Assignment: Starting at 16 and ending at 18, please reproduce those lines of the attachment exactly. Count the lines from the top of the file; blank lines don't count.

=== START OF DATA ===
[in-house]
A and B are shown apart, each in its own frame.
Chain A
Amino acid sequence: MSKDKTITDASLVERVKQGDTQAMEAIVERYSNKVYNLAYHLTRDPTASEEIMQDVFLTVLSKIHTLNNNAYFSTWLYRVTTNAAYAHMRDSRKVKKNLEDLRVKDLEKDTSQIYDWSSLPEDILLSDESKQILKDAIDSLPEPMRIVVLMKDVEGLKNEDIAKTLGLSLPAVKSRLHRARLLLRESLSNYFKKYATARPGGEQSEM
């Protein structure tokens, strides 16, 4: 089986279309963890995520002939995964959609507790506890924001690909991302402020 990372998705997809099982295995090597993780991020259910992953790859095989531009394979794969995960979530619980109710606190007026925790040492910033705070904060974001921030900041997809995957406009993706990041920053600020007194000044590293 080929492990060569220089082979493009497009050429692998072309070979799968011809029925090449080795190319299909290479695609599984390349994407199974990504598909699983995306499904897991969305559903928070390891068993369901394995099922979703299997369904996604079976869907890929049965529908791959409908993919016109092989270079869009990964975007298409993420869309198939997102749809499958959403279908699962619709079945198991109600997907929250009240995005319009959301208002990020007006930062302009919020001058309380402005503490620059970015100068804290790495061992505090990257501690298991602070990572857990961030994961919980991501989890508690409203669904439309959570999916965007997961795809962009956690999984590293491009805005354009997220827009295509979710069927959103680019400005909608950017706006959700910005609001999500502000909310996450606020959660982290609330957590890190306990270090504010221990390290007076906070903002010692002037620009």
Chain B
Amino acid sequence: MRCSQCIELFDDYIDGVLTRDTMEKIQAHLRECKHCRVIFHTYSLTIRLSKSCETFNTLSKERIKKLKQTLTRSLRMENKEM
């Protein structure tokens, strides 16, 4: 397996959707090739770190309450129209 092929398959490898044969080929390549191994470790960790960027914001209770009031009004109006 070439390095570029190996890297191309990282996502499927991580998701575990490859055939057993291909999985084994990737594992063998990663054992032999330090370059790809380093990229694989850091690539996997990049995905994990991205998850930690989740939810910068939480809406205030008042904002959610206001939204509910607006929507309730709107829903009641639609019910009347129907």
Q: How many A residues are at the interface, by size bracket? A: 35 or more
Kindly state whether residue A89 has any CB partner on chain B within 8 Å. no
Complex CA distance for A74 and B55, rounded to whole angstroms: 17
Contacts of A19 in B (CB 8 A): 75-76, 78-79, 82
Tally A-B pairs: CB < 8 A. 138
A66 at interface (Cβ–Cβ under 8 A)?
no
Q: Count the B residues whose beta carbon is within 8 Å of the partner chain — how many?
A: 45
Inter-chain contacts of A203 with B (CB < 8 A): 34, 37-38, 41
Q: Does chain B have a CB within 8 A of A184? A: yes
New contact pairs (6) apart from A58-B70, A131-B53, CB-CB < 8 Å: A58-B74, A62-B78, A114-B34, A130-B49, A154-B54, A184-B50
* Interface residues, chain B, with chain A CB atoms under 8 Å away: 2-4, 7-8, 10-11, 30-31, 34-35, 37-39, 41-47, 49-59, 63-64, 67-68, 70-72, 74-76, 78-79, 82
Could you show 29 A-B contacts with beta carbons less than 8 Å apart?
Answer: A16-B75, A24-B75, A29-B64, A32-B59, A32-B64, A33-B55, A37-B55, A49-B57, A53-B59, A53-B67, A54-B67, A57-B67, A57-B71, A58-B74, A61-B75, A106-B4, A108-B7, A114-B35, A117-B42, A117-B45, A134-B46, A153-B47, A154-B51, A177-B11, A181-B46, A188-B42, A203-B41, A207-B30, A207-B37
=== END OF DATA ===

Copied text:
Q: Count the B residues whose beta carbon is within 8 Å of the partner chain — how many?
A: 45
Inter-chain contacts of A203 with B (CB < 8 A): 34, 37-38, 41